Insertion of gypsy element at nucleotide position -118.
DNA coordinates (Jack, 1985) (0 is gypsy site in ct6): 0
visible | recessive
Wings are cut to points, and the wing margins are scalloped.
Strong ct6-like wing phenotype.
ctMR2 has visible phenotype, suppressible | heat sensitive by mod(mdg4)ul
ctMR2 has phenotype, suppressible by su(Hw)unspecified/su(Hw)unspecified
ctMR2 has phenotype, suppressible by su(Hw)2
ctMR2 has phenotype, suppressible by su(Hw)u1
ctMR2 has phenotype, suppressible by su(Hw)u2
Phenotype is partially suppressed by mod(mdg4)ul at 25oC, and completely suppressed by mod(mdg4)ul at 18oC.
Highly unstable; mutates to either stable, unstable (most frequent, --> 10-4 mutations to ct), or superunstable (least frequent, --> around 50% ct mutants) alleles and to other ct alleles, which in turn may be unstable or superunstable. The gypsy sequence appears to be mobilized and transposed into other parts of the ct locus to produce new ct alleles or, when ct undergoes reversion, to other positions on the chromosomes where new mutants arise.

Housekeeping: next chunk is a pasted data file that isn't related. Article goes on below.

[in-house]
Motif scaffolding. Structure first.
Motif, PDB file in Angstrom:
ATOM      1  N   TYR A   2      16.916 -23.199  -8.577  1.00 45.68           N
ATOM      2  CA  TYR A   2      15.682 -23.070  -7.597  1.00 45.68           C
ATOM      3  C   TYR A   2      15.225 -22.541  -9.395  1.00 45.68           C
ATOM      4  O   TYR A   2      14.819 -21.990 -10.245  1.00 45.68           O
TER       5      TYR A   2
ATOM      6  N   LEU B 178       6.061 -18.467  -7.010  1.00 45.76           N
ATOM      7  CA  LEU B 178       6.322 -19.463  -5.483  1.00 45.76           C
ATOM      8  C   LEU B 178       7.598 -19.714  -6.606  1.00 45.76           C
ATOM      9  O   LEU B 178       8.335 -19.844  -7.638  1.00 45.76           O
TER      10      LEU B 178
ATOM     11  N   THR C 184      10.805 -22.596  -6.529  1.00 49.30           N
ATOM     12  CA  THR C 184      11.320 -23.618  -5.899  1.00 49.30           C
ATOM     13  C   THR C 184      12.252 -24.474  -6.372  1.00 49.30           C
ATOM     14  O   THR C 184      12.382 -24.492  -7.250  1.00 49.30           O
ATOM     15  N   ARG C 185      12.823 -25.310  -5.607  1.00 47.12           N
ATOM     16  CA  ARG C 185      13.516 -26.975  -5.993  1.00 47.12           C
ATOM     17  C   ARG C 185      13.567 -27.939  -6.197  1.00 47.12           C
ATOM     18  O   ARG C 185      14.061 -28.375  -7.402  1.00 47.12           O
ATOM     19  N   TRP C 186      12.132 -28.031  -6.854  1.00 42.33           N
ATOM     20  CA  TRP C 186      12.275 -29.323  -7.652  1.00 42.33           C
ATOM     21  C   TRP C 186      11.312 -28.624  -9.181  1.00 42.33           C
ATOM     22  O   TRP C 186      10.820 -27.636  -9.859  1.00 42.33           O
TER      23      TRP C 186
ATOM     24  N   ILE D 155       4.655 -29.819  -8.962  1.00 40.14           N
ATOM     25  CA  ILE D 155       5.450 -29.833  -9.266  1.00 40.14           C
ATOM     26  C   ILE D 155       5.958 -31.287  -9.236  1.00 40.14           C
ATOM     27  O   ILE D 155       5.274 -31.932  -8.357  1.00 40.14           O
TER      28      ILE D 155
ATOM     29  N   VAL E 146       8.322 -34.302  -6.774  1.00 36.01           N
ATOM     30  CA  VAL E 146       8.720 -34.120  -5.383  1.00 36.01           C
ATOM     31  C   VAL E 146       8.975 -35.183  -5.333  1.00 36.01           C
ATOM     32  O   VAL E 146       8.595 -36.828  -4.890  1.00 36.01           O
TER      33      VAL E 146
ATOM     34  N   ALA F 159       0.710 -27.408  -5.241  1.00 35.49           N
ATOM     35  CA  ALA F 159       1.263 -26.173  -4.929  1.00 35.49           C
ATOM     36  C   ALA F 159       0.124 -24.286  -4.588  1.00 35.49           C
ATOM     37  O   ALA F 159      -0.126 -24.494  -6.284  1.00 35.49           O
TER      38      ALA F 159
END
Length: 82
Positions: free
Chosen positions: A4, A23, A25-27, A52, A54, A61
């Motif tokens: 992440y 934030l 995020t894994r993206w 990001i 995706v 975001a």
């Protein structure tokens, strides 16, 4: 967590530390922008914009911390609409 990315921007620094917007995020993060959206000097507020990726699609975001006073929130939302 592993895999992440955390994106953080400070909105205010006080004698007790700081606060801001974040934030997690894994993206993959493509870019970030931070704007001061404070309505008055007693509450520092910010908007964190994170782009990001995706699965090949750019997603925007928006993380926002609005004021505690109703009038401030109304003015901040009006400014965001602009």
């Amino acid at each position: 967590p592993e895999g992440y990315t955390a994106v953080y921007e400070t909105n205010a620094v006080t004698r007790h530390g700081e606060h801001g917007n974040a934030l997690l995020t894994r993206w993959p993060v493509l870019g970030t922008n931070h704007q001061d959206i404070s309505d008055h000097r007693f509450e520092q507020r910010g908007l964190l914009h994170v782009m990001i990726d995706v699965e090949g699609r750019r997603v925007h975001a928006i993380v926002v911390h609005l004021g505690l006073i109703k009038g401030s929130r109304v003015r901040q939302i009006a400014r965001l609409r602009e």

Other types of transposing elements also appear to be mobilized in the ctMR2 unstable system.
Unstable revertants are able to generate new ct derivatives, retain the gypsy LTR of ctMR2.
ctMR2 can revert or partially revert by excision of, or insertion of other elements (e.g. jockey or Hercules), into the gypsy insert responsible for ctMR2.
su(Hw) binding site in gypsy insertion in ct is full length.